As an unashamed internationalist and "remainer" and not a member of any political party at the time of the referendum, I must challenge David Sherratt who writes that those who voted remain "might want to place obstacles in the Prime Minister's way" and refers to our reasonable questions about the terms under which we shall leave the EU as these "antics".
Let's be clear. I have sufficient respect for our political masters to believe that they fundamentally have the best interests of the country at heart. And yet, when it came to the referendum the Conservative party was split down the middle with e.g. Prime Minster Cameron, George Osborne Chancellor and Home Office Secretary, Theresa May voting remain and Michael Gove, Justice Secretary, and Boris Johnson, now Foreign Secretary voting leave. In other words our political leaders themselves did not know what was best for Britain.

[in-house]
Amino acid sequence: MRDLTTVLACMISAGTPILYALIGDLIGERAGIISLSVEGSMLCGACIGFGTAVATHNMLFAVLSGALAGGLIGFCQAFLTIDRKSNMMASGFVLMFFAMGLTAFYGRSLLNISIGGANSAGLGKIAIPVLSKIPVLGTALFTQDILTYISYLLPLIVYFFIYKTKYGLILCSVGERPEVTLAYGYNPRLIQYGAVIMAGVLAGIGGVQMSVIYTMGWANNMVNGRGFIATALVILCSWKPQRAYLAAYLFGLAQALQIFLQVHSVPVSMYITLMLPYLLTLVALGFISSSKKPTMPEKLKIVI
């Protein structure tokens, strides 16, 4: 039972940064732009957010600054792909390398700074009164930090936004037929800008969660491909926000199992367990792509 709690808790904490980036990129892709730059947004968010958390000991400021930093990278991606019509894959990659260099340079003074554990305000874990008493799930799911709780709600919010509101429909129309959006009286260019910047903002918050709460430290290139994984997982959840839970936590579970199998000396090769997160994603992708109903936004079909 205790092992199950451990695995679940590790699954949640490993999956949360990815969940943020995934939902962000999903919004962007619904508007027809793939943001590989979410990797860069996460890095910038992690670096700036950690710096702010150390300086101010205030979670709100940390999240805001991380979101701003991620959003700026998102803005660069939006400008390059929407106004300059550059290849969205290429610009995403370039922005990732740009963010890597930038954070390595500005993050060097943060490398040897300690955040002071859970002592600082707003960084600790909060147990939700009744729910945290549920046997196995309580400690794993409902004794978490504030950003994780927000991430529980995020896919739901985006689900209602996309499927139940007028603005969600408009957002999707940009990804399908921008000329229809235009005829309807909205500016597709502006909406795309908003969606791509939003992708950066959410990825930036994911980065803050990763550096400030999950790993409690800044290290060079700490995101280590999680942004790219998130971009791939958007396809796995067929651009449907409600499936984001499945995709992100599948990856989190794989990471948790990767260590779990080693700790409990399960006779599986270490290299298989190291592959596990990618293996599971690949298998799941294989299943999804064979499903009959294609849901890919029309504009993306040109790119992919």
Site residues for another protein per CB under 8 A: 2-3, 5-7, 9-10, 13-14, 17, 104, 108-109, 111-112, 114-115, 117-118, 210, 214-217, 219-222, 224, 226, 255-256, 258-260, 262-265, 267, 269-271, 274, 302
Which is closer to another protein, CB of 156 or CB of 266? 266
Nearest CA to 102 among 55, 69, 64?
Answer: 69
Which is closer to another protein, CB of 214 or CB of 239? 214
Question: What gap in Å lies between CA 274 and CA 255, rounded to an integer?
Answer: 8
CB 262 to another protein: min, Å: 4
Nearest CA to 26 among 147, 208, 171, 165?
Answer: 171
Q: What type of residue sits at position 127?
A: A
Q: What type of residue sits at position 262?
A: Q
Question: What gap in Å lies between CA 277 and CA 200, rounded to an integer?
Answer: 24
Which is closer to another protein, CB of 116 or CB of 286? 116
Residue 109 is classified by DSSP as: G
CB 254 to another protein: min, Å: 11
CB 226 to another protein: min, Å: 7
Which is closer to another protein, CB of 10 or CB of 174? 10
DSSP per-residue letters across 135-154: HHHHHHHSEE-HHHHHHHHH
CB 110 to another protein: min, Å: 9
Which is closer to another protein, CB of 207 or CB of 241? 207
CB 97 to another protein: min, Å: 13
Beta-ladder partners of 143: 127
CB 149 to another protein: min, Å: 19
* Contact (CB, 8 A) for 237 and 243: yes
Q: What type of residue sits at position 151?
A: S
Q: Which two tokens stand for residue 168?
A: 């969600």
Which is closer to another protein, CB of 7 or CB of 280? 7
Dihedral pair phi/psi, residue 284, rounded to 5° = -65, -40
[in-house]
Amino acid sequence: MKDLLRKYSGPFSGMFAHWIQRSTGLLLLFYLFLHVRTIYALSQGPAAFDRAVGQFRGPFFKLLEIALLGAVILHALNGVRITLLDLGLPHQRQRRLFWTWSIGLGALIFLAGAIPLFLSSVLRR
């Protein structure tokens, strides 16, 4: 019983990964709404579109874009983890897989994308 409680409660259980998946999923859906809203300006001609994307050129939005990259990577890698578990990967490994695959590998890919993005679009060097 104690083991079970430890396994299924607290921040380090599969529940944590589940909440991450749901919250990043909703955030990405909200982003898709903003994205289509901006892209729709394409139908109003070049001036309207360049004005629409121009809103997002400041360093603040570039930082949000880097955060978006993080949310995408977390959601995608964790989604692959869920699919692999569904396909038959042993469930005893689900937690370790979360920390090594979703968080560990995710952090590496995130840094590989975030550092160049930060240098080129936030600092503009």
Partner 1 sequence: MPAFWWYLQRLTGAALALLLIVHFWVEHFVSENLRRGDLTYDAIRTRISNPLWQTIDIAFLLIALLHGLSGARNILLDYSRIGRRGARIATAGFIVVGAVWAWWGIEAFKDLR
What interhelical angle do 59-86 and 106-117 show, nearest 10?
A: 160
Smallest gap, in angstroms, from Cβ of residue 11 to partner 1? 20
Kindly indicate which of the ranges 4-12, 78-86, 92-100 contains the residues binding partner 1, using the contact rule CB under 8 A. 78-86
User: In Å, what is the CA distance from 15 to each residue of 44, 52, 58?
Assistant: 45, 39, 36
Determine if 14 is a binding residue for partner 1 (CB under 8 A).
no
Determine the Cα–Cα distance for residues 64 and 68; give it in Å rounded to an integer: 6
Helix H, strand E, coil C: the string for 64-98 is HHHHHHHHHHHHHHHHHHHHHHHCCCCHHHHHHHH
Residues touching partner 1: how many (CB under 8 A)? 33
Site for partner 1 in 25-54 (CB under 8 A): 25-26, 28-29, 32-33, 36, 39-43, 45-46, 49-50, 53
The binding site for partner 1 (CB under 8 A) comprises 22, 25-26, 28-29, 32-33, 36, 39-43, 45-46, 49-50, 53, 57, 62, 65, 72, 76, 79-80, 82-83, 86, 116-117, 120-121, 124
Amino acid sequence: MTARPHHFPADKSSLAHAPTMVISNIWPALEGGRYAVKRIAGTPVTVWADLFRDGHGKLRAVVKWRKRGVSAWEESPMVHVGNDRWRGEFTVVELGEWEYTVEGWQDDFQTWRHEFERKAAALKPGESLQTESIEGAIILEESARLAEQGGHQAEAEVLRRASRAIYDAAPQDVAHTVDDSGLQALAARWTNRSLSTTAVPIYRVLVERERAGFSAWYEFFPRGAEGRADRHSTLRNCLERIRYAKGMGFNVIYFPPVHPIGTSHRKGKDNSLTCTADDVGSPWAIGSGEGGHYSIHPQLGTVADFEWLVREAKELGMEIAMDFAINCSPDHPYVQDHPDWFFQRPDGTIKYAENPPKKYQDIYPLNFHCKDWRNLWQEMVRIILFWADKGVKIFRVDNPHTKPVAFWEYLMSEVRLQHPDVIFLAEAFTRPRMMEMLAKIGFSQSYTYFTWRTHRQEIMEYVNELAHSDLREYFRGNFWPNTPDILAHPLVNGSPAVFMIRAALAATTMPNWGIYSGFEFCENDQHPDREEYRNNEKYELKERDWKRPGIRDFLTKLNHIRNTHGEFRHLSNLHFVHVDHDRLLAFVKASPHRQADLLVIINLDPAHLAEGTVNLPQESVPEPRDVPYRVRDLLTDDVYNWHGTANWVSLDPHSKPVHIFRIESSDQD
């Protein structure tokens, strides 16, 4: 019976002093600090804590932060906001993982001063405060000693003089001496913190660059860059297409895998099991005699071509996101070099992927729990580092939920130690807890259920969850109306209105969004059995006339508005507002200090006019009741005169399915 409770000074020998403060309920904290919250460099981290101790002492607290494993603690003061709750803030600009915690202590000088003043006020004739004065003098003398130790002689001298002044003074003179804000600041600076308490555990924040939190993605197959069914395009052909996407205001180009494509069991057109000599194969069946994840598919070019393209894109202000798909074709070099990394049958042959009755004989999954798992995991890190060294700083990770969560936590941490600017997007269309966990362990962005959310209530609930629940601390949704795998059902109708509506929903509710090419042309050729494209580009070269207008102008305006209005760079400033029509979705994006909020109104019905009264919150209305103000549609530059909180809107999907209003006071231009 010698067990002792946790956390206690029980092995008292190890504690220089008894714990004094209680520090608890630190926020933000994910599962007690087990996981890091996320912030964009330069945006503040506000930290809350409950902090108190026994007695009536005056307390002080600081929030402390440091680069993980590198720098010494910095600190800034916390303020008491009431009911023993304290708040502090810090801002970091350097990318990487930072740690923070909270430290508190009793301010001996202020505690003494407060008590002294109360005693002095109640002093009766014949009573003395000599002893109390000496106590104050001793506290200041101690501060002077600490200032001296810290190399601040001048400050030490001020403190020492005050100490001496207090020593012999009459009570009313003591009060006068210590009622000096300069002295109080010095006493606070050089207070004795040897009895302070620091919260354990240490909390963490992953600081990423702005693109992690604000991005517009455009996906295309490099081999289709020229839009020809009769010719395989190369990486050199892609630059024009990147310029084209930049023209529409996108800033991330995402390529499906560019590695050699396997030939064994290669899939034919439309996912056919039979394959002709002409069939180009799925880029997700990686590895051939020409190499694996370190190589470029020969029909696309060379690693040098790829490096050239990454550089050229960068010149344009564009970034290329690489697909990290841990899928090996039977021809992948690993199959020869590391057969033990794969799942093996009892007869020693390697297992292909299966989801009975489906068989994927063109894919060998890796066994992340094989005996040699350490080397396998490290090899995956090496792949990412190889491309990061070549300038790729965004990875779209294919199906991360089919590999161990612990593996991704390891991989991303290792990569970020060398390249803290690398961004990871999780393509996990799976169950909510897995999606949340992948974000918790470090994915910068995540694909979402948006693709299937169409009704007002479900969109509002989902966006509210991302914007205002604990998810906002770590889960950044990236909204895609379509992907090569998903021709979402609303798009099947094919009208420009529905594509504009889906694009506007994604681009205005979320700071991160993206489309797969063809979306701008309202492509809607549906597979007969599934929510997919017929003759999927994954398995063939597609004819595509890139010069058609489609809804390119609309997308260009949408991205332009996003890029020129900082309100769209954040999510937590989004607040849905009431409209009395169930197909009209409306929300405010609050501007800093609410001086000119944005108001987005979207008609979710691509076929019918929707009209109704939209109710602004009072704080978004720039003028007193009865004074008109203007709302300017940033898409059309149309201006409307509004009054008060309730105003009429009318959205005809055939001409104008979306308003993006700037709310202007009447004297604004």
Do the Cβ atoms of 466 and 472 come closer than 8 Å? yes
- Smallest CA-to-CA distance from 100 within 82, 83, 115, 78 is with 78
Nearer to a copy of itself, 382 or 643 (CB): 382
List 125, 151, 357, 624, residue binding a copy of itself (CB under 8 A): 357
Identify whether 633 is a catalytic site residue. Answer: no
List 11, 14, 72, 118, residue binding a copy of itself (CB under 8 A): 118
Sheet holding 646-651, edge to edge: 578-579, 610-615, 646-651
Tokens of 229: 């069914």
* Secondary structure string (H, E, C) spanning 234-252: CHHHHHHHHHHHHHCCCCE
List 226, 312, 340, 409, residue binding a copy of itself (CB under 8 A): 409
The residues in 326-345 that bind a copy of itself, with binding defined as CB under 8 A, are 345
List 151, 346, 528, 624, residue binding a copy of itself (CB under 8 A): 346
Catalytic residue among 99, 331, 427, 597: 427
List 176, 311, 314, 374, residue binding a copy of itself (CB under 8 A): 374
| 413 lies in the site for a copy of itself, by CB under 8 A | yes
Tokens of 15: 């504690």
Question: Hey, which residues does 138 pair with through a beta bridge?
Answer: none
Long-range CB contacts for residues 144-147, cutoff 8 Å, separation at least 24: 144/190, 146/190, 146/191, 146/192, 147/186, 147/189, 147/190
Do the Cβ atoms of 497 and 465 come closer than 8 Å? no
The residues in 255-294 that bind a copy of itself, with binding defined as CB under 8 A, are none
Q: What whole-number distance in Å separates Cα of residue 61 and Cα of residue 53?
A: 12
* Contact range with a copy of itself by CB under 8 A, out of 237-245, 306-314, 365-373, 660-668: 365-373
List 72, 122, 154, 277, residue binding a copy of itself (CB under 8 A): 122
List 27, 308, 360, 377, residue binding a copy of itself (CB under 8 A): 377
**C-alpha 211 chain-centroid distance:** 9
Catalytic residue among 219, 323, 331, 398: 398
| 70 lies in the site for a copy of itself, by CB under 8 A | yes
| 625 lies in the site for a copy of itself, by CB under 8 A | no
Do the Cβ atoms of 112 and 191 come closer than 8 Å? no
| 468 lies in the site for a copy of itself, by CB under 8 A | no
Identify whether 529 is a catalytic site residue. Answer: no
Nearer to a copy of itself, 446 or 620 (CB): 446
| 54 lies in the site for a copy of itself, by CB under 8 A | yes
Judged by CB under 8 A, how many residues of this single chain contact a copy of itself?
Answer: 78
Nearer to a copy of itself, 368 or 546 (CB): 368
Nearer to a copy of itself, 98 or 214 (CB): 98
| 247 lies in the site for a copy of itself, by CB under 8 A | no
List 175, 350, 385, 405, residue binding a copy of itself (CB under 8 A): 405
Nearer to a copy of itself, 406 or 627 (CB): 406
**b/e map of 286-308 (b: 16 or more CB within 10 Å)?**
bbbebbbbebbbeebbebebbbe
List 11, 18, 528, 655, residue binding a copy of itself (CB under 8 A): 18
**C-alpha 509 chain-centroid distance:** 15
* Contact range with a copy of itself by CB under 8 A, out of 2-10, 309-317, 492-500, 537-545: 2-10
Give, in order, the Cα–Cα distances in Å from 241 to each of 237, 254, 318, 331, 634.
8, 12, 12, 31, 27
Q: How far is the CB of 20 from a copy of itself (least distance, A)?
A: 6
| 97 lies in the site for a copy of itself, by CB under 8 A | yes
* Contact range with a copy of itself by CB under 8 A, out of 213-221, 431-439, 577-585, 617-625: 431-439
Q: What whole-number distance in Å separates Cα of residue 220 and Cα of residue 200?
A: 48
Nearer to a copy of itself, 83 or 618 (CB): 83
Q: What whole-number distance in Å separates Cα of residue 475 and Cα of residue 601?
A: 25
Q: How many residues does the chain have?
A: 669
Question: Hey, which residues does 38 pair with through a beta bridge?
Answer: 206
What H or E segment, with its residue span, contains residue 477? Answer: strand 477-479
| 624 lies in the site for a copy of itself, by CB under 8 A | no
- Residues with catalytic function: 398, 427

The problem for all of us, including David Sherratt, was that while we had some idea of the implications of remaining, we'd been there, after all, for 43 years, none of us had any idea what the implications of leaving would be and we still don't! And we won't know until the deal is done.
Does not living in a democracy mean that we have the right to challenge the Government as it goes through the process of leaving the EU, no matter which party we belong to or whether we are Brexiteers or Remainers to ensure that we get the best deal, not least for the poorest members of our country?
Dr Nick Maurice